With the move to auto-enrolment into workplace pension schemes fully in place by 2018, most people in work and their employers will be making some provision for retirement savings, with only one in ten having chosen to opt out thus far. Around 70% of new pensions taken out have been defined contribution rather than defined benefit. The quality of these pension products, now potentially open to as many as ten million savers by 2018, is yet to be fully tested.

The Chancellor announced in 2015 that he would consult on further fundamental pension reform, following the changes in annuities rules, to potentially abolish tax relief on pension savings and returns and to replace it with an-ISA style plan where pension savings would come from taxed income, but face no further taxation liability thereafter, including after conversion to an annuity. The proposals were not widely welcomed, with the National Institute for Economic and Social Research concluding they would lead to a fall in pensions savings, frontloading the tax burden onto younger households, would damage overall saving and consumption by this group, and reduce cross-border labour mobility as most other OECD countries have a form of pensions tax relief. The Institute for Economic Affairs was also firmly opposed. The move to an ISA-style system would have increased taxes on higher earners, creating many losers, although lower and middle income savers would have seen pension savings grow.

The plans were dropped in this year’s Budget. But the issue of how the £35bn in annual UK pension tax reliefs ought to be spent in order to promote a broader pension savings culture particularly among those with little savings, and given that private pensions will have to do more of the future heavy lifting in sustaining living standards in retirement, remains a live one. The Resolution Foundation in its research has called the present system of pension tax relief highly regressive. There have been several calls to make the system more progressive and to increase savings incentives among those on middle and lower incomes by restricting pension tax relief to a flat rate instead of at the saver’s highest marginal income tax rate. This would mean less tax relief would accrue to those on the highest incomes, with currently the top 1% of earners receiving 13% of total pension tax relief, the same as the entire lower half of the income scale. Top and additional rate taxpayers in 2013-14 constituted 8% of the population aged over 16, and 30% of pension savers, yet received 63% of available pension tax relief. If the plans were to be revenue neutral, relief would need to be restricted to a flat rate of 29%.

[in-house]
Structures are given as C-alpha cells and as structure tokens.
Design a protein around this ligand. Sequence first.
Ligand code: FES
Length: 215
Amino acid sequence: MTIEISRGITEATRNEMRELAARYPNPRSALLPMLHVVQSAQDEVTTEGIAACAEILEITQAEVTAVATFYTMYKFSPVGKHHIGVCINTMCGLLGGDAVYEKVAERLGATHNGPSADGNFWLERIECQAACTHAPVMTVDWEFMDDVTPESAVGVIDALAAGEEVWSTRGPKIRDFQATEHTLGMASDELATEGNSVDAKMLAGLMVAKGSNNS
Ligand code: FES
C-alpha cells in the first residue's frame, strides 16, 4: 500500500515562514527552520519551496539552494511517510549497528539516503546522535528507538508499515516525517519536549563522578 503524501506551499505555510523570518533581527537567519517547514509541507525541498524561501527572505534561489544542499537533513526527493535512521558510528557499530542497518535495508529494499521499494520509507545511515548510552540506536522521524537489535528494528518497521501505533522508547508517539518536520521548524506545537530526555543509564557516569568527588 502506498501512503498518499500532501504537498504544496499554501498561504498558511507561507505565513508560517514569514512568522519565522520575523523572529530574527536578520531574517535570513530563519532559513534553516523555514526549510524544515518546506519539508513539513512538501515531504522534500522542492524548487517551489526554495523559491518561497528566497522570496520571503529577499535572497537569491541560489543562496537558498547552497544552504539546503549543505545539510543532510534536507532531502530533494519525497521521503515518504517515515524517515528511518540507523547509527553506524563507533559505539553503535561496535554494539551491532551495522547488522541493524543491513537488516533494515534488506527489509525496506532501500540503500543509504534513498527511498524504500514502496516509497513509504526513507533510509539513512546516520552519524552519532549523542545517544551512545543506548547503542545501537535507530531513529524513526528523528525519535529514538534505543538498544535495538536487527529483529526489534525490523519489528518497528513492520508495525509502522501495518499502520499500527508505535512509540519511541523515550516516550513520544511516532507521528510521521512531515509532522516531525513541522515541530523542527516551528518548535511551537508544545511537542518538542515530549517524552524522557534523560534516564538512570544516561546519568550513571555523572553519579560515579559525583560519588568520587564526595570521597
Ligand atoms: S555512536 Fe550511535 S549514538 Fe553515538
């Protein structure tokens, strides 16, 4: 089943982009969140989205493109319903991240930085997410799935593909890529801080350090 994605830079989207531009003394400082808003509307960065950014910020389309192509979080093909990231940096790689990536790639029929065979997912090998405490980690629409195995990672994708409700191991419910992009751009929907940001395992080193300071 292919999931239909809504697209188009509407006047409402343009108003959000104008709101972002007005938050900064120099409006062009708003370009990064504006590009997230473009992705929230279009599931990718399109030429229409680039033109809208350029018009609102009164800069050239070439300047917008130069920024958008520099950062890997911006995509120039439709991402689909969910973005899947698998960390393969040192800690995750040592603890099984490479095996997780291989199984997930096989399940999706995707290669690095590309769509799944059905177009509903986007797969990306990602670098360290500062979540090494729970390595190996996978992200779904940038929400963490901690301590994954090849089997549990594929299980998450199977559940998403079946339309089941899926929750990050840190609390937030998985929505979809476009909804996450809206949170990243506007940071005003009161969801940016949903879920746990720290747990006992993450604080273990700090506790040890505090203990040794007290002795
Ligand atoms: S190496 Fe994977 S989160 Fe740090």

The Great Recession has created a radically different climate for saving and acquiring housing assets for younger people. It has proven harder to get on the housing ladder due to lower savings levels, higher deposit requirements and surging house prices; issues of supply still require action from the construction sector, planners and Governments; and pension reforms and weak bond yields make daunting demands on younger savers building for retirement. The challenges are steep but resolvable. It will require concerted action from policymakers and the financial services industry to ensure that the prospect of higher living standards, access to the housing market and other assets, and the ability to plan for a financially secure post-work life, remains open for the UK’s under 40s.


Photo (CC BY 2.0)

Topics: UK politics, Housing, Financial Services Regulation, UK business, Economic policy

Inline Policy